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The CS Ranch straddles the Cimarron cutoff of the old Santa Fe trail. Linda Mitchell Davis has lived here, on New Mexico’s largest family-operated ranch, for almost 50 years. She was raised on the Tecosquite Ranch at Albert, N.M., established by her great-grandfather in 1878.

In 1930, Linda’s dad Albert K. Mitchell started running the Bell Ranch in addition to Tecosquite. In 1934, Linda’s mother died and Linda began spending a lot of her time with the Bell Ranch wagon crew. They taught her to read, she says, although they got “very tired” of reading Peter Rabbit.

“I’ve always had a very affectionate spot in my heart for any true wagon crews for they were very patient with this little girl. I enjoyed them. They were great guys, the best babysitters a young person could have. In the early

spring when the bronc busters started breaking horses, they’d take me along and sit me on the fence. They’d just get a horse topped off real good, you know, then come by the fence and grab me and sit me right in front of them in the saddle and hold me with one hand. Oh, they were bronc breakin’ rascals in those days. And I used to think: ‘Whoopee, that was great!’”

Her father always took her with him. “As the oldest I reaped the benefit not only of being his friend but also his confidante. And I had the advantage of being a girl.”

While Linda’s ancestors were settling the Tecosquite Ranch, famed territorial lawyer and paleontologist Frank Springer began in 1873 to accumulate the land that would eventually make up the 250,000-acre family-owned-and-operated CS ranch. Springer’s brother Charles, one of the early managers, had his initials recorded as the ranch brand in 1880.

In 1941, CS owner Ed Springer brought his nephew Les Davis, a recent Dartmouth pre-med graduate, to meet Albert Mitchell and “see how a real outfit is run.” There Les met young Linda. That day, Linda recalls,

Above: The cowhand and her companions, a good horse and a faithful dog. Right: Linda and her late husband, Les. She was only 11 when they met, “and he didn’t remember me.” They were married when she was 23.

“Dad told me to gather certain cattle and take them to the ranch headquarters, and he said, ‘I want a good dinner, too.’ So I gathered the cattle, cooked dinner, and did everything else, too. I never forgot Les,” she says with a smile, “even though I was only 11 and he was a debonair 22. Les doesn’t even remember!” They married in 1953.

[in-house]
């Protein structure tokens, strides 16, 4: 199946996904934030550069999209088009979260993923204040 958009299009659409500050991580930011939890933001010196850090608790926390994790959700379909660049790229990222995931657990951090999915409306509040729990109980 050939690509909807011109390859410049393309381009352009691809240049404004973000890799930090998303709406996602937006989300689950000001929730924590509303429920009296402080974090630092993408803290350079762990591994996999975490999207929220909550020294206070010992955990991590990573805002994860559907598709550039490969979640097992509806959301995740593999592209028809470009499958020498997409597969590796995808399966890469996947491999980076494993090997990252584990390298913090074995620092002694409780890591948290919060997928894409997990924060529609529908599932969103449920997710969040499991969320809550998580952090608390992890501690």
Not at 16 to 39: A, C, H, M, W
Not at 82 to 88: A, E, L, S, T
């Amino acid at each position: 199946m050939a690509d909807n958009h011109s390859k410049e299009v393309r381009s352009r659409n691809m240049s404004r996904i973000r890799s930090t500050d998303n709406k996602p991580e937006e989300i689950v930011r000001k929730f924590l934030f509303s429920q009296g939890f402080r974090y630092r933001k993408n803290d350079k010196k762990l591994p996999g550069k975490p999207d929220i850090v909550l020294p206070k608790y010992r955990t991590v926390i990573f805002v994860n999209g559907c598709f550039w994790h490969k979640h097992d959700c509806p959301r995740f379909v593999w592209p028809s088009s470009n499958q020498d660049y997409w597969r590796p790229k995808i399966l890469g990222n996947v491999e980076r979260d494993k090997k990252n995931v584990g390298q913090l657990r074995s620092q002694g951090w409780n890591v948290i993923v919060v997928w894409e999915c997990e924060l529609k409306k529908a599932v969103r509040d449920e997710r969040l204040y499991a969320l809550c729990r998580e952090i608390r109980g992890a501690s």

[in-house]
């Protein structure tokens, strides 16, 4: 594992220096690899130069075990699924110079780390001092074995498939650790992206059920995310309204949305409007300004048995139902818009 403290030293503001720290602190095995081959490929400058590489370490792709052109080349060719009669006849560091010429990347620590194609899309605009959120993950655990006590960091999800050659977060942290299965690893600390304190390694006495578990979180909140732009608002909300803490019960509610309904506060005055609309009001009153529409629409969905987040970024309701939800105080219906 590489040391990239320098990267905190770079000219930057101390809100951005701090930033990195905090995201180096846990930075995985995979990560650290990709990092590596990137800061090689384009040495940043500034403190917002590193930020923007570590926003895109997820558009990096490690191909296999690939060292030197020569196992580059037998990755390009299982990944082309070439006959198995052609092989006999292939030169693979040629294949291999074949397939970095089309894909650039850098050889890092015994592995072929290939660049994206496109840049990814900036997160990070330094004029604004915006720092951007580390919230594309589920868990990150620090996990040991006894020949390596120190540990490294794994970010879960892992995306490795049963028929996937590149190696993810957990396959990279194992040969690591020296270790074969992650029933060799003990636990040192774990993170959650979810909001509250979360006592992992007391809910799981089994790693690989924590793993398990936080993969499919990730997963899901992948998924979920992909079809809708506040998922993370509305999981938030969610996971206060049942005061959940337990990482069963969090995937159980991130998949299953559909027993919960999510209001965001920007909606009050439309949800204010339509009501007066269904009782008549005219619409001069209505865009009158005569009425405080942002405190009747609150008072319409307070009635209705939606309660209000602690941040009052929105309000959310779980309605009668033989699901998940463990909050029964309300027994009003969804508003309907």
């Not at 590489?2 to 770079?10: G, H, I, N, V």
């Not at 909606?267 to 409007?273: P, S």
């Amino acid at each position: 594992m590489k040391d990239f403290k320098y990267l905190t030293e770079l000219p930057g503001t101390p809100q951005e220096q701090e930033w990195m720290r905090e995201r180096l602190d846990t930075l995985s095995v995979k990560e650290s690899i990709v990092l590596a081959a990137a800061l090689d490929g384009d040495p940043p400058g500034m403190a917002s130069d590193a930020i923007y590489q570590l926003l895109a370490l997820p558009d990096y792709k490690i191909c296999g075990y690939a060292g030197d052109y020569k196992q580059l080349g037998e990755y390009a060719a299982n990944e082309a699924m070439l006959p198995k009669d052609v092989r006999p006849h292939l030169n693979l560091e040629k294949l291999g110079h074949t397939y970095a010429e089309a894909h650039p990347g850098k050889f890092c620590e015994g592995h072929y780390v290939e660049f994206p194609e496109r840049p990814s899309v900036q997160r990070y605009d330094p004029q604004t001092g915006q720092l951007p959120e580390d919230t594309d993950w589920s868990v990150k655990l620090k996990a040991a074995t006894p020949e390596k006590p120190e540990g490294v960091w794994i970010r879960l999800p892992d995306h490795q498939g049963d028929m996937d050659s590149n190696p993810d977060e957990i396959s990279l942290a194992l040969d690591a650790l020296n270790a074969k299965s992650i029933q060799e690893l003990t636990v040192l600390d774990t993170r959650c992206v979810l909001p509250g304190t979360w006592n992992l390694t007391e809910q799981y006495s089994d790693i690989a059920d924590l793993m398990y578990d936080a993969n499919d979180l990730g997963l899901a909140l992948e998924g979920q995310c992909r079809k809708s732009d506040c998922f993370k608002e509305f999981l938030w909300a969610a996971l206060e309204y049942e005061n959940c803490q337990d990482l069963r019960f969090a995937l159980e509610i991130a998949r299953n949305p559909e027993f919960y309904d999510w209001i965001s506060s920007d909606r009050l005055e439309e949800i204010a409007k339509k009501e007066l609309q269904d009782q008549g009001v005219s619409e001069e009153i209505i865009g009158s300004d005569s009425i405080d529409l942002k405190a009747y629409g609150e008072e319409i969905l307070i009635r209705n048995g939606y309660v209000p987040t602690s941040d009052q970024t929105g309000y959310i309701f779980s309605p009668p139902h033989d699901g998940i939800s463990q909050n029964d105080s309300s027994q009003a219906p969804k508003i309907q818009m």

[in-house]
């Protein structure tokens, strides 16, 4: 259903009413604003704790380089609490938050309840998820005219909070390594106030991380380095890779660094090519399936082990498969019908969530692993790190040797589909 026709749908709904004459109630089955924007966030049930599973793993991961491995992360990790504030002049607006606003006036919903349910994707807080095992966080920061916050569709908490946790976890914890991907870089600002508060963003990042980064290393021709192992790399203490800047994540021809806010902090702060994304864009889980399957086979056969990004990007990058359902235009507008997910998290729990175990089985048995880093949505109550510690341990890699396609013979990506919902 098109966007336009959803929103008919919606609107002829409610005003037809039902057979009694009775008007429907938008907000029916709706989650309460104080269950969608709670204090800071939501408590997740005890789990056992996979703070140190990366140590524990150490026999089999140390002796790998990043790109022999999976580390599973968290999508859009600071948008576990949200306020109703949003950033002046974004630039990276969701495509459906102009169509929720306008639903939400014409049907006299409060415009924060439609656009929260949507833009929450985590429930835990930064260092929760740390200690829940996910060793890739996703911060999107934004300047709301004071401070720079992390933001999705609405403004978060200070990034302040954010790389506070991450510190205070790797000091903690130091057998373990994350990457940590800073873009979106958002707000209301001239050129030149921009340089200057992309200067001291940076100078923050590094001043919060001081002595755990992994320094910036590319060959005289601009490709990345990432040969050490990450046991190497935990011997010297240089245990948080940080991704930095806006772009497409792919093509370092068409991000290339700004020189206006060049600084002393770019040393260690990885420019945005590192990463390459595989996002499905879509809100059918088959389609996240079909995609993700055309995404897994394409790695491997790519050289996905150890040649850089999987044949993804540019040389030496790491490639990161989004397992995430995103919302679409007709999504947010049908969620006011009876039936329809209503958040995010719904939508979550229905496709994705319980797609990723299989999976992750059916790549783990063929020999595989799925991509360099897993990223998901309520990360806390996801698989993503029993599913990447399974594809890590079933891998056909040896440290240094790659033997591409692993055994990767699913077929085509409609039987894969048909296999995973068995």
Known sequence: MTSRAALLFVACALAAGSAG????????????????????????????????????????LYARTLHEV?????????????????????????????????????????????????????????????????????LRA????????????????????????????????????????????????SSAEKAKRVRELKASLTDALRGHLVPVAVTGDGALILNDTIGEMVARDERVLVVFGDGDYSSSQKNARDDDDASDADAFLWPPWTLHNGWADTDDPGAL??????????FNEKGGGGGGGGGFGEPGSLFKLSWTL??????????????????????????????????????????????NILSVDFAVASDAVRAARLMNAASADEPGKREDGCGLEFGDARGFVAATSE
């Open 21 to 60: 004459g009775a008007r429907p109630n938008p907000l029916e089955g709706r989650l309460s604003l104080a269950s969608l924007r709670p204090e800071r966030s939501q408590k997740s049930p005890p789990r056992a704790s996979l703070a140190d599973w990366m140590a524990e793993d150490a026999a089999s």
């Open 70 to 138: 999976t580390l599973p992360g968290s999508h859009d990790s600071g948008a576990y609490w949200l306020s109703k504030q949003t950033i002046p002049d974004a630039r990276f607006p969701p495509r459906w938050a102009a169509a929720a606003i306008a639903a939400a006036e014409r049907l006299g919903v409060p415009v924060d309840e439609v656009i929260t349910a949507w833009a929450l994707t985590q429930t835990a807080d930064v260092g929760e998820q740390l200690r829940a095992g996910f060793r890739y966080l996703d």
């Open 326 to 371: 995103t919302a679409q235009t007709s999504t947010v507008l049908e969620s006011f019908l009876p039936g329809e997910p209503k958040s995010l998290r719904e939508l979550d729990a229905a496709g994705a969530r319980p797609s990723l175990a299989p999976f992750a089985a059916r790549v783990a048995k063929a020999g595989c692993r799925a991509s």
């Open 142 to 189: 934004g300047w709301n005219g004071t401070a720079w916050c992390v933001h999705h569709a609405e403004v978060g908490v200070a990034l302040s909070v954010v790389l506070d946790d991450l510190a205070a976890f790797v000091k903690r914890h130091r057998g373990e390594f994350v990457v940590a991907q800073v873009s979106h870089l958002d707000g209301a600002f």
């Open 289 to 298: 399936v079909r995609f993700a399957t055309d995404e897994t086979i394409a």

Linda Davis holds CS Ranch calves and cows so they can “mother up” after branding.

Ranch headquarters lie along the Cimarron River, which cuts through a green, grassy plain reaching out from the base of the Sangre de Cristo Mountains. It is good grass country. It was also a good place to raise their six children who now own and work the ranch.

Daughter Julia Stafford echoes her parents’ love of the land. “Ranching is such a different way of life that it is almost impossible to describe. How do we explain the whole kind of openness and freedom that we have? How do I explain to somebody that, no, I don’t get bored or lonely, nor am I frightened about being ‘out there’ all alone. The pull, the lure, the attraction, the sense of responsibility for the ranch will always be with me no matter who I’m with or where I am.”

Keeping the ranching tradition together is important to the family. Sharing responsibility is another quality passed along from Linda and Les.

Time to relax after a hard day on the CS Ranch. Keeping the ranching tradition together is important to the family.

“Les was the businessman,” Linda says. “I’m the cattlewoman. I was raised in the saddle so I have no excuse not to be a good cowboy. And I think that the fact that I was raised around the Spanish people and their old-time families who had worked and lived on the ranch for generations made me work harder at being a real go-getter and top-notch hand. But it was sad to see how those old Spanish families would react when the oldest child was a girl. They would shake their heads and say, ‘Too bad, because she likes it.’ But I was a girl, the oldest, and I had a natural aptitude.”

She was a tomboy, too, and got to go with the men “if I behaved myself and didn’t scream or wail. The net result was that I probably turned out to be more of a stoic because I was the only girl and I wanted to go with the men. I’m not afraid of snakes and such. Of course, if you’re a girl, you always know that you can ride but you have to cook, too! I remember hearing so often as a youngster at the Bell Ranch, ‘Well, Linda’s along, so she can fix the white shirts for Saturday night.’”

Excerpted from “Hard Twist, Western Ranch Women,” by Barbara Van Cleve, Museum of New Mexico Press. See order form in magazine on page 40 or click here for fax-in form.

Spring 2003 Contents | Git Home!

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